Although this was not an issue at the case study operation, GAC filters can also become clogged with bacteria and algae, and if the source has a lot of microbial growth (such as pond water) it may be necessary to sanitize (for example, with chlorine) before passing water through the GAC. Remember that GAC will remove most of the sanitizing agent, so if a residual sanitizer is required post-GAC then a sanitizer will need to be re-injected.

The system cost $27,400 to set up (Table 1), with annual costs of $13,020 to treat ≈1.4M gallons = $8.97/1,000 gallons. This is a significant cost, and the benefit would only occur if you have either a proven issue of pesticide residue (based on crop symptoms and water tests) or a serious risk such as a surface water supply that is vulnerable to herbicide contamination by surrounding land users.

Each GAC filter contained 8×30 U.S. mesh (595–2380 micron) bituminous coal-based GAC. We have tested both coal and coconut shell-based GAC, and both were equally effective at removing paclobutrazol. A particle size around 8×30 is important to ensure adequate surface contact to allow adsorption of the target chemical onto the carbon, but still allowing sufficient water flow rate through the filter.

A common question is how often the carbon needs to be replaced. Chemicals adsorb to the carbon particles, eventually filling the exchange sites, and the GAC will no longer function effectively. In the case study operation, GAC was replaced once annually by the GAC supplier at an annual cost of $3,909 (Table 1).

Table 1. Partial budget for GAC filtration at the 20-acre case study greenhouse.

To check that the GAC is functioning correctly or if carbon needs replacement, before and after water samples were taken weekly by the case study operation and sent to Waters Agricultural Labs for testing of paclobutrazol concentration. Over 17 months of testing, the post-GAC level of paclobutrazol never reached above the 5-ppb target level even though pre-treatment levels reached as high as 73 ppb.

To save costs, we recommend monthly (rather than weekly) testing of the target chemical before and after GAC. When sending in a water sample to test, let the lab know the specific target agrichemical to avoid a very high analytical cost.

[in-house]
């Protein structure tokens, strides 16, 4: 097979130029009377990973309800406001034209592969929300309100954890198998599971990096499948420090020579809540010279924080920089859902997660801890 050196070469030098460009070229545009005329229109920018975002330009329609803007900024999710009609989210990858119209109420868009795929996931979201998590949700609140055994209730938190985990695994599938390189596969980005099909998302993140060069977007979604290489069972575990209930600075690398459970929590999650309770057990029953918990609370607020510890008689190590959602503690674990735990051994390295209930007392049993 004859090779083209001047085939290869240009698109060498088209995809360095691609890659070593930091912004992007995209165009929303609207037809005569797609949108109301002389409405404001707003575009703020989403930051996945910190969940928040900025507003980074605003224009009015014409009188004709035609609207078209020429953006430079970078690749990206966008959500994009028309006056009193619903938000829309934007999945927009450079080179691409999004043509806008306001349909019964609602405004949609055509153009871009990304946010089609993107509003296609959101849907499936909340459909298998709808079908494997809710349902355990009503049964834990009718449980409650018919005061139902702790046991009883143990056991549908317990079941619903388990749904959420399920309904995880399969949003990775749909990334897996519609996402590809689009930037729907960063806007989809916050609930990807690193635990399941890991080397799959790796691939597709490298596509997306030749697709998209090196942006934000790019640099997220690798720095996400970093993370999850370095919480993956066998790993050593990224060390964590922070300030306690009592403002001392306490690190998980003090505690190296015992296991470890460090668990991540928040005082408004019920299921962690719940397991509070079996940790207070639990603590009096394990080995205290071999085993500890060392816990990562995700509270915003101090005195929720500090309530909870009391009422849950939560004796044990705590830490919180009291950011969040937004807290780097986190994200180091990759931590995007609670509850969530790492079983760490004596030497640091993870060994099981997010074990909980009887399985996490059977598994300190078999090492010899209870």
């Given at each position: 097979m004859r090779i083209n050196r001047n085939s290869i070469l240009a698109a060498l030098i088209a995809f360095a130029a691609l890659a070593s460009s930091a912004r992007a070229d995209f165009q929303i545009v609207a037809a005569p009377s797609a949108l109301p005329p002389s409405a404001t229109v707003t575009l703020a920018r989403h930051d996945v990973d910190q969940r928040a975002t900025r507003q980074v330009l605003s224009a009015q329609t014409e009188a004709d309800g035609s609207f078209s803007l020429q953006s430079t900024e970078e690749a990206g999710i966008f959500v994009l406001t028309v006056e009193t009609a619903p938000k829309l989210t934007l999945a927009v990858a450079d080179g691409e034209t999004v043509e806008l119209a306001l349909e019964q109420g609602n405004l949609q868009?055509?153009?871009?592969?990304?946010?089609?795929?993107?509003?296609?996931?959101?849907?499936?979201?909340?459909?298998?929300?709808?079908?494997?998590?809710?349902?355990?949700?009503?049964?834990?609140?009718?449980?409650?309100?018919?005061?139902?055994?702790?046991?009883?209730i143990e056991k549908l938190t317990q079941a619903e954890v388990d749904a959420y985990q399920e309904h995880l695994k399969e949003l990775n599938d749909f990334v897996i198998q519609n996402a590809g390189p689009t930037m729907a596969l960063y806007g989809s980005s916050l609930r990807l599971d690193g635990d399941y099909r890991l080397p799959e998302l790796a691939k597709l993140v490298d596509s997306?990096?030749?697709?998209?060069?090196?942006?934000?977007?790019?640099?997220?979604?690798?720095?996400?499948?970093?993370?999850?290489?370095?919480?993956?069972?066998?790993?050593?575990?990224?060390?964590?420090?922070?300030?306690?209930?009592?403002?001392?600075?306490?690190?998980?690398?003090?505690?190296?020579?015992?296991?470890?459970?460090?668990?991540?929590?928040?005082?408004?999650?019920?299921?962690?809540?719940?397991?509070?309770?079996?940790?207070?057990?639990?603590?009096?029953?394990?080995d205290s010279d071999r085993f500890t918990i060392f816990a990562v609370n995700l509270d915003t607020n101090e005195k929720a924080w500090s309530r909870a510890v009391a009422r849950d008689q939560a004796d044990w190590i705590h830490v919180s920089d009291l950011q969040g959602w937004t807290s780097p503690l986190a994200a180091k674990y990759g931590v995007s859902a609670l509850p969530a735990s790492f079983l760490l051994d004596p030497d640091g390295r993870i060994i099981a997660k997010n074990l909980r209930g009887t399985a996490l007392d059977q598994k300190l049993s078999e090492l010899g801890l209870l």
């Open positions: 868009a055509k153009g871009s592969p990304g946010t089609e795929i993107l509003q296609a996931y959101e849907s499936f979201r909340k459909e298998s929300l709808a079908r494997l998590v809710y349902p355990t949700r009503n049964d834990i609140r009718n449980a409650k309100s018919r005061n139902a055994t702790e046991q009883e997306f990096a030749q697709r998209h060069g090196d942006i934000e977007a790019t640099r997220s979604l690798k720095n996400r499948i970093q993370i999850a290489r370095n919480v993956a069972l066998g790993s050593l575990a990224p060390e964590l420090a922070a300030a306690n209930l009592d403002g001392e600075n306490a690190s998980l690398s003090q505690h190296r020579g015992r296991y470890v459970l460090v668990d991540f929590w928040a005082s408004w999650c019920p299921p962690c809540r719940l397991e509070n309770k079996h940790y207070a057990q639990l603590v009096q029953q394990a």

There are other ways to check whether the filter is still effective. Broccoli seedlings can be sown and irrigated with your raw recirculated water, GAC-treated water, and clean (bottled or tap) water (Figure 5). Check growth after two to three weeks as a non-specific chemical bioassay. Begonia plugs are another good “canary in the coal mine” for paclobutrazol.

Figure 5. A bioassay with broccoli seedlings is an in-house test. Plants were irrigated with water from the case study operation had either no GAC (left), 1, 2, or 3 GAC filters (middle) or a tap water control (right). The shorter hypocotyl length with no or limited GAC filtration is the result of paclobutrazol contaminant in the water.

You can also check non-target chemicals before and after GAC filtration. For example, we found that GAC is very effective (95% removal after 64 seconds) at removing the soracid blue dye used to color many water-soluble fertilizers. In addition, 48% of iron-EDDHA at 2-ppm iron was removed at the same GAC level. Both fertilizer dye and Iron-EDDHA provide a visual indicator of GAC efficacy (Figure 6). In addition, if you are repeatedly treating a recirculating nutrient solution containing iron-chelates, it is likely that you will need to add iron back into your water after filtration.

In this article, we covered several aspects to consider on the design and operation of GAC filters. If you are interested in using GAC to treat irrigation water, please contact the authors for more information.

Paul Fisher, George Grant and Rosa Raudales

Paul Fisher is professor and Extension specialist at the University of Florida ([email protected]). George Grant is a GGSPro technical specialist for Griffin ([email protected]). Rosa Raudales is assistant professor at the University of Connecticut ([email protected]).